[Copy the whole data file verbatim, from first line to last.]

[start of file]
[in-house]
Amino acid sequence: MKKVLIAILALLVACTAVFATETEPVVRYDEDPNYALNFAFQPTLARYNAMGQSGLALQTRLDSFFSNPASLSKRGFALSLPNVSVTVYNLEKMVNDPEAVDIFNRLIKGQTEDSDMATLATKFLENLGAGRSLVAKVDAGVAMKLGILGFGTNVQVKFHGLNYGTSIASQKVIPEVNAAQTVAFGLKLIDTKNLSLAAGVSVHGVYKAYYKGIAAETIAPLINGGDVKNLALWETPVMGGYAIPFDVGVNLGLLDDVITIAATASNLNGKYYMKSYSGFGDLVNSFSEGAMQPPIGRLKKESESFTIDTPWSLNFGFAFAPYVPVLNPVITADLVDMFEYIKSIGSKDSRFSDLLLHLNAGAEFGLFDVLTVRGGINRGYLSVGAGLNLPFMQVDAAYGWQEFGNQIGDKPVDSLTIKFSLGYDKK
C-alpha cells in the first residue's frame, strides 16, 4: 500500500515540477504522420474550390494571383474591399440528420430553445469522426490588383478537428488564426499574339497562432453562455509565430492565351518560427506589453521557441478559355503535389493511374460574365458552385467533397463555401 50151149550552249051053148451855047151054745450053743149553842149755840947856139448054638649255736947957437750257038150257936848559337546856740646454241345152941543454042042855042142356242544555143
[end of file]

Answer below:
[in-house]
Amino acid sequence: MKKVLIAILALLVACTAVFATETEPVVRYDEDPNYALNFAFQPTLARYNAMGQSGLALQTRLDSFFSNPASLSKRGFALSLPNVSVTVYNLEKMVNDPEAVDIFNRLIKGQTEDSDMATLATKFLENLGAGRSLVAKVDAGVAMKLGILGFGTNVQVKFHGLNYGTSIASQKVIPEVNAAQTVAFGLKLIDTKNLSLAAGVSVHGVYKAYYKGIAAETIAPLINGGDVKNLALWETPVMGGYAIPFDVGVNLGLLDDVITIAATASNLNGKYYMKSYSGFGDLVNSFSEGAMQPPIGRLKKESESFTIDTPWSLNFGFAFAPYVPVLNPVITADLVDMFEYIKSIGSKDSRFSDLLLHLNAGAEFGLFDVLTVRGGINRGYLSVGAGLNLPFMQVDAAYGWQEFGNQIGDKPVDSLTIKFSLGYDKK
C-alpha cells in the first residue's frame, strides 16, 4: 500500500515540477504522420474550390494571383474591399440528420430553445469522426490588383478537428488564426499574339497562432453562455509565430492565351518560427506589453521557441478559355503535389493511374460574365458552385467533397463555401 50151149550552249051053148451855047151054745450053743149553842149755840947856139448054638649255736947957437750257038150257936848559337546856740646454241345152941543454042042855042142356242544555143